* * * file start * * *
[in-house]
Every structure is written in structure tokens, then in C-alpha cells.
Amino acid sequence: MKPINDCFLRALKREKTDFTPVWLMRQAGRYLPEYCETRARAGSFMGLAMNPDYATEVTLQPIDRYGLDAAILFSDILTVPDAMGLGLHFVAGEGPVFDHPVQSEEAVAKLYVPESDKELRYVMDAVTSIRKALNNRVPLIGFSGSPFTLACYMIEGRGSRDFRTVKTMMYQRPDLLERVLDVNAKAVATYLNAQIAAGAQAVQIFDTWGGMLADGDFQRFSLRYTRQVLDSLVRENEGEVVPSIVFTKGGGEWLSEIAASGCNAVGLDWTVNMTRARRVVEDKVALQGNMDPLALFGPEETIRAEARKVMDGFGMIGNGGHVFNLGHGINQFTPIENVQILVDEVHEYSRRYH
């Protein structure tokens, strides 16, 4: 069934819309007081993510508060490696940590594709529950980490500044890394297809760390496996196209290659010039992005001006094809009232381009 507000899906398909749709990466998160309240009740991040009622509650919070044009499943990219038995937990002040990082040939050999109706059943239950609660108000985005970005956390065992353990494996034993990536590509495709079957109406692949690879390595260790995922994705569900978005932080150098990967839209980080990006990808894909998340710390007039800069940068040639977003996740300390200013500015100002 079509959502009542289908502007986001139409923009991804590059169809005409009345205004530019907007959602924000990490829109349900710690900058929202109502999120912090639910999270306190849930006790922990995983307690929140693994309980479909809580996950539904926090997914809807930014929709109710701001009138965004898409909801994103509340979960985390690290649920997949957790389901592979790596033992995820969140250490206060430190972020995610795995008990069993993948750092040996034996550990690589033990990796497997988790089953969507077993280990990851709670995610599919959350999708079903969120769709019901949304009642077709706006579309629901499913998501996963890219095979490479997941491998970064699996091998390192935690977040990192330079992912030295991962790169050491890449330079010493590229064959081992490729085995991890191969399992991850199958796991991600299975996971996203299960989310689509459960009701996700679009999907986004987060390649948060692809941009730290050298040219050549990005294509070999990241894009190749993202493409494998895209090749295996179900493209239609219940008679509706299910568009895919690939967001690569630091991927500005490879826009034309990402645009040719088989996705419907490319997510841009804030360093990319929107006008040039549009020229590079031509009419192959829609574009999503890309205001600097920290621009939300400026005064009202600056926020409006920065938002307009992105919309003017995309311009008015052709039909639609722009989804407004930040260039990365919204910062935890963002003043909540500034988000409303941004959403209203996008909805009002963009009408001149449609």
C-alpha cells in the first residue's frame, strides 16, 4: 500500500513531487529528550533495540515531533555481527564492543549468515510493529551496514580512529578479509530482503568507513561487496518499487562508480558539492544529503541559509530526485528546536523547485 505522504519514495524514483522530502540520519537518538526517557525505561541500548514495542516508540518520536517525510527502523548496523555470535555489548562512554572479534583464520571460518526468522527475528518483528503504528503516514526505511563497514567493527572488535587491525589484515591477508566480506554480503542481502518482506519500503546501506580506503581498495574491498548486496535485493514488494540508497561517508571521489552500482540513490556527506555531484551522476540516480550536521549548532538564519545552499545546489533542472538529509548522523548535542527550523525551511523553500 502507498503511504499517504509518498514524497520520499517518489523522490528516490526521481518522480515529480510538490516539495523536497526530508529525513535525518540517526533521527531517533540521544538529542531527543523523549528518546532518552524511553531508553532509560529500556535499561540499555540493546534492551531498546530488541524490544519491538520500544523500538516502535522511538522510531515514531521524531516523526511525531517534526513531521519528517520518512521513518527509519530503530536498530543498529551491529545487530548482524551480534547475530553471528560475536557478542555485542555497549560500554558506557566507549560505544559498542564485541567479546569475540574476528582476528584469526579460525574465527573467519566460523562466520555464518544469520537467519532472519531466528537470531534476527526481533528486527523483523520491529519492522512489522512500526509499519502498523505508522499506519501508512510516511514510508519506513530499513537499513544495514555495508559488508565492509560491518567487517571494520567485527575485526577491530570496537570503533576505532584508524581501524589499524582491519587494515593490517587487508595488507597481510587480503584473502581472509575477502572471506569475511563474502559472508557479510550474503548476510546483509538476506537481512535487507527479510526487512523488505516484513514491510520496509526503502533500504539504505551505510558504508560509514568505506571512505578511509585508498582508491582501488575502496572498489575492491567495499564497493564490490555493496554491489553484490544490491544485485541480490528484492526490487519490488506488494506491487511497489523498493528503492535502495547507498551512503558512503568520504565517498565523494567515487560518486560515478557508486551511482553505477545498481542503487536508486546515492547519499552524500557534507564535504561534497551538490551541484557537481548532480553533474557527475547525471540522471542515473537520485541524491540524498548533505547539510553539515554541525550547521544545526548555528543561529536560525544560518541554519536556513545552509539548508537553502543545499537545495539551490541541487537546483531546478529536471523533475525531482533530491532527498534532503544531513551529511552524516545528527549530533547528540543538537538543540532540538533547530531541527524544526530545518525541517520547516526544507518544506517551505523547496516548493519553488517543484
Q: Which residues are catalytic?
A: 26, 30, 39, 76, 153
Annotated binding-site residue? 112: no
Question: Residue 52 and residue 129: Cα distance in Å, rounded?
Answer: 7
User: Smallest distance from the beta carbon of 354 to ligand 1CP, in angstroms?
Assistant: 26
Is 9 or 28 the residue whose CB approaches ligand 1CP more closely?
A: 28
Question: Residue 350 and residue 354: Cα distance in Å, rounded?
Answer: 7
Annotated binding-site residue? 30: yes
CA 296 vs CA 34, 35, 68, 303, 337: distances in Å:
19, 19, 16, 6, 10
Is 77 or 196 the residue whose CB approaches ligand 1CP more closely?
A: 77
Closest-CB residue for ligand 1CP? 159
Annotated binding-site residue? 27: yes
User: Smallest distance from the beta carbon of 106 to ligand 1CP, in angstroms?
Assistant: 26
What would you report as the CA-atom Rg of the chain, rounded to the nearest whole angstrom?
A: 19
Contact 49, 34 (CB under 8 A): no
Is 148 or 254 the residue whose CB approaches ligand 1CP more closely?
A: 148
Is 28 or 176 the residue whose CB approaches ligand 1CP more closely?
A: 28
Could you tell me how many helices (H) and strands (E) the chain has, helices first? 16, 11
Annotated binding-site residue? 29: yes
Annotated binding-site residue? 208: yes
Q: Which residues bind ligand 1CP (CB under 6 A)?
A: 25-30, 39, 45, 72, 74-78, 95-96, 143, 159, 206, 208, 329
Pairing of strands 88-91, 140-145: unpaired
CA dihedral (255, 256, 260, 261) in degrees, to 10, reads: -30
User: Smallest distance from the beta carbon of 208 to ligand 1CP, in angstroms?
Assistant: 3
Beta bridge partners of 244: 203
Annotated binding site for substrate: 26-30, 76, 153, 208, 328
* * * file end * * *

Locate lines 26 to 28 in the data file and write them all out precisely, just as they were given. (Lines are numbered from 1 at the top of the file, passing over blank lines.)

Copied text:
What would you report as the CA-atom Rg of the chain, rounded to the nearest whole angstrom?
A: 19
Contact 49, 34 (CB under 8 A): no